'after_widget' => '',
'before_title' => '<h2 class="widgettitle">',
'after_title' => '</h2>',
));

?>

Up until now, we’ve used more or less the same code one would use to register and display multiple sidebars globally across a site, but the trick for displaying them dynamically comes in the rewrite of sidebar.php. In order to show a default sidebar across the site I created a variable called $sidebar_value which is based on the value of the metadata key arbitrarily named “sidebar”. If the value of $sidebar_value is an empty string, (which is what it will be if you have not defined the metdata key for a particular page), $sidebar_value is set to “sidebar_default”, which is the name of my default sidebar in functions.php. Now here comes the good part, if the metadata key called “sidebar” is defined a particular page, then the $sidebar_value variable is set to whatever value you have specified. So, in this case when I am on the “Profile” page I set the “sidebar” metadata key equal to “sidebar_profile” and likewise, when I am on the “Details” page I set the “sidebar” metadata key equal to “sidebar_details” (See Figure 1). In order to achieve this functionality, I just added the $sidebar_value variable to the dynamic_sidebar() function as an argument.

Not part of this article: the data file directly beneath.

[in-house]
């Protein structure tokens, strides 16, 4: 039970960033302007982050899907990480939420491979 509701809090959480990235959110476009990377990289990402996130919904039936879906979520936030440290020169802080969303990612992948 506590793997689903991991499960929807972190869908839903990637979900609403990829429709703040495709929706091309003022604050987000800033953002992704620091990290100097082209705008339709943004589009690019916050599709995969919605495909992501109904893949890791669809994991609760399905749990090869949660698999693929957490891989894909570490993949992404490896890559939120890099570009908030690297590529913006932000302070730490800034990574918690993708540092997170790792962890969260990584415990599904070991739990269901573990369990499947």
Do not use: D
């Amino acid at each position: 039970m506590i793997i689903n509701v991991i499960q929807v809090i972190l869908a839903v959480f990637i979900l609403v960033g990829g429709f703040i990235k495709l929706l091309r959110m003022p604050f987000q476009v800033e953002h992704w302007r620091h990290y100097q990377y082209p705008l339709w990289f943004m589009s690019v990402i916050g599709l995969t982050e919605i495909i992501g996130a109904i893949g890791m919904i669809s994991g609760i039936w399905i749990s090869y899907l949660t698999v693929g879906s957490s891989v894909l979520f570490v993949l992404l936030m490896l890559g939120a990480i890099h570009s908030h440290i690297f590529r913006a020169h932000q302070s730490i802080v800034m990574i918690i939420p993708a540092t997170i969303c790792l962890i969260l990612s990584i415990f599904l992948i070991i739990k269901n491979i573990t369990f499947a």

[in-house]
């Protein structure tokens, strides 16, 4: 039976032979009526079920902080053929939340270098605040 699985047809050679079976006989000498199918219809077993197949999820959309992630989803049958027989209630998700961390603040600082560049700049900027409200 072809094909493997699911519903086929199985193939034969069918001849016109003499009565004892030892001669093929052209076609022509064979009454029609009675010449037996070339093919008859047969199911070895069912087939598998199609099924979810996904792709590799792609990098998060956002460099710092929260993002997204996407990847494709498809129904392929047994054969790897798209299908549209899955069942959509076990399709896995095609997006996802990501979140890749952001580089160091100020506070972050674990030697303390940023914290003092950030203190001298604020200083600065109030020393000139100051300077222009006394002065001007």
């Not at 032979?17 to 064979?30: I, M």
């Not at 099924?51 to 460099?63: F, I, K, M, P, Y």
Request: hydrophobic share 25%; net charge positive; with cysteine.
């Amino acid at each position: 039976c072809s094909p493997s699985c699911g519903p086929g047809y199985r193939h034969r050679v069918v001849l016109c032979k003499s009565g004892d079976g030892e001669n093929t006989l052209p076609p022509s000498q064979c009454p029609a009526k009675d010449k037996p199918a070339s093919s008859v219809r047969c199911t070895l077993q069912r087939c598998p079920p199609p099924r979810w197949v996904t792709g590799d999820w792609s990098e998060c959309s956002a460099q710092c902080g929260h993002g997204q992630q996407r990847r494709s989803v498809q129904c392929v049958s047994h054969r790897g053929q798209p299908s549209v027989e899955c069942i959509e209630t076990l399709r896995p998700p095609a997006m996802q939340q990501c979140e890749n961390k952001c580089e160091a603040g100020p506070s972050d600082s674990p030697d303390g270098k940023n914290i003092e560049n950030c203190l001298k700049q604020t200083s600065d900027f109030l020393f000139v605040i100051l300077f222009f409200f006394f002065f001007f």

Figure 1. Add A Custom Field (Metadata Key/Value Pair)
Add Sidebar Metadata

Here’s what the new sidebar.php code looks like:

<div id="sidebar">
        <?php 	
        //sidebar.php
        
	//get your sidebar value from the metadata
	$sidebar_value = 
        strtolower(trim(get_post_meta($post->ID, 'sidebar', single)));
	
	if($sidebar_value == '') {
	/*if the sidebar metadata is not set, set 
	default the sidebar value to 'sidebar_default'*/
		$sidebar_value = 'sidebar_default';
	}
	
	//if sidebar metadata value is x then show sidebar x
	if ( !function_exists('dynamic_sidebar') || 
                        !dynamic_sidebar($sidebar_value)) :  
	?>
	<div class="sidebar">
		<h2>This is the default static sidebar title</h2>
		<p>Your default static sidebar content goes here. 
		You will most likely never see this though.</p>
	</div>
	<?php	
		endif;
	?>
			
</div>

Once you add in this code to your theme and you set your metadata key values (ie. custom field values) correctly, you will easily be able to dynamically display distinct sidebars on specific pages of your WordPress site. If you’re not so familiar with adding custom fields, you could always use the Custom Field Template Plugin by Hiroaki Miyashita to display a list of “friendly named” sidebars to choose from.

One thought on “Displaying Multiple Dynamic Widgetized Sidebars in WordPress”

  1. I am going to be implementing the above sidebar code to allow for certain sidebars on certain pages but what if I want several sidebars on the same page? Basically right underneath each other. That way if one side bar is contact info they can just call several sidebars including that so they don’t have to right the same info on each contact page.